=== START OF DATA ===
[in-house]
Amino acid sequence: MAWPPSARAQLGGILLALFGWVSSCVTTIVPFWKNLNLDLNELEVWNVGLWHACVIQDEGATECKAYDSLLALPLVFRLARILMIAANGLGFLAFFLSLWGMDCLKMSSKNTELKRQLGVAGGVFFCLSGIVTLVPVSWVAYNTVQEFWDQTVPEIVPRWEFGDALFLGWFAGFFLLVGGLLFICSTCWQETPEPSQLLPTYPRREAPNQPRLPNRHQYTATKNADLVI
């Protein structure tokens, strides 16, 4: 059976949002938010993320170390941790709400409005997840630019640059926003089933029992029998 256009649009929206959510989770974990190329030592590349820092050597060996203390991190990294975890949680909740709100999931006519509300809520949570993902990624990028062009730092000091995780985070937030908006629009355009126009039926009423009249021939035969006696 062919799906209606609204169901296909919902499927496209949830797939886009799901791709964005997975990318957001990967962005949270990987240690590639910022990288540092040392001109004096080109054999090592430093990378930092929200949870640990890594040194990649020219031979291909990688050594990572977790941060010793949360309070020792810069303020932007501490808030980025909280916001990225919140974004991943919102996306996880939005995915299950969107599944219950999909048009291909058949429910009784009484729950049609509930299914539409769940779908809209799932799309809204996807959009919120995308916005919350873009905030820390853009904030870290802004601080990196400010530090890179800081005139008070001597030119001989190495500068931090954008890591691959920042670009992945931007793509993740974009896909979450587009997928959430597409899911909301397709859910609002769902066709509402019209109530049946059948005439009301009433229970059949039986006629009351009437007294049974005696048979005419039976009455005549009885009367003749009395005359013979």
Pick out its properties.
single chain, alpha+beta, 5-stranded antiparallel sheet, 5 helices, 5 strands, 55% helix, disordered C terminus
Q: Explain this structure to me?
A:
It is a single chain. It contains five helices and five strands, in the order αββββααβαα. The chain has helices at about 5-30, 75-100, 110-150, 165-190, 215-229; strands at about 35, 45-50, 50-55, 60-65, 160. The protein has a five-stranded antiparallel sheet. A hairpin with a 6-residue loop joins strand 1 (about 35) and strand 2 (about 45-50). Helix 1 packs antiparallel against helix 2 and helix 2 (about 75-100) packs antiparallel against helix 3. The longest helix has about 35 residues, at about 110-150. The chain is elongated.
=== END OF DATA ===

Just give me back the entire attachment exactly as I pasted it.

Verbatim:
[in-house]
Amino acid sequence: MAWPPSARAQLGGILLALFGWVSSCVTTIVPFWKNLNLDLNELEVWNVGLWHACVIQDEGATECKAYDSLLALPLVFRLARILMIAANGLGFLAFFLSLWGMDCLKMSSKNTELKRQLGVAGGVFFCLSGIVTLVPVSWVAYNTVQEFWDQTVPEIVPRWEFGDALFLGWFAGFFLLVGGLLFICSTCWQETPEPSQLLPTYPRREAPNQPRLPNRHQYTATKNADLVI
């Protein structure tokens, strides 16, 4: 059976949002938010993320170390941790709400409005997840630019640059926003089933029992029998 256009649009929206959510989770974990190329030592590349820092050597060996203390991190990294975890949680909740709100999931006519509300809520949570993902990624990028062009730092000091995780985070937030908006629009355009126009039926009423009249021939035969006696 062919799906209606609204169901296909919902499927496209949830797939886009799901791709964005997975990318957001990967962005949270990987240690590639910022990288540092040392001109004096080109054999090592430093990378930092929200949870640990890594040194990649020219031979291909990688050594990572977790941060010793949360309070020792810069303020932007501490808030980025909280916001990225919140974004991943919102996306996880939005995915299950969107599944219950999909048009291909058949429910009784009484729950049609509930299914539409769940779908809209799932799309809204996807959009919120995308916005919350873009905030820390853009904030870290802004601080990196400010530090890179800081005139008070001597030119001989190495500068931090954008890591691959920042670009992945931007793509993740974009896909979450587009997928959430597409899911909301397709859910609002769902066709509402019209109530049946059948005439009301009433229970059949039986006629009351009437007294049974005696048979005419039976009455005549009885009367003749009395005359013979």
Pick out its properties.
single chain, alpha+beta, 5-stranded antiparallel sheet, 5 helices, 5 strands, 55% helix, disordered C terminus
Q: Explain this structure to me?
A:
It is a single chain. It contains five helices and five strands, in the order αββββααβαα. The chain has helices at about 5-30, 75-100, 110-150, 165-190, 215-229; strands at about 35, 45-50, 50-55, 60-65, 160. The protein has a five-stranded antiparallel sheet. A hairpin with a 6-residue loop joins strand 1 (about 35) and strand 2 (about 45-50). Helix 1 packs antiparallel against helix 2 and helix 2 (about 75-100) packs antiparallel against helix 3. The longest helix has about 35 residues, at about 110-150. The chain is elongated.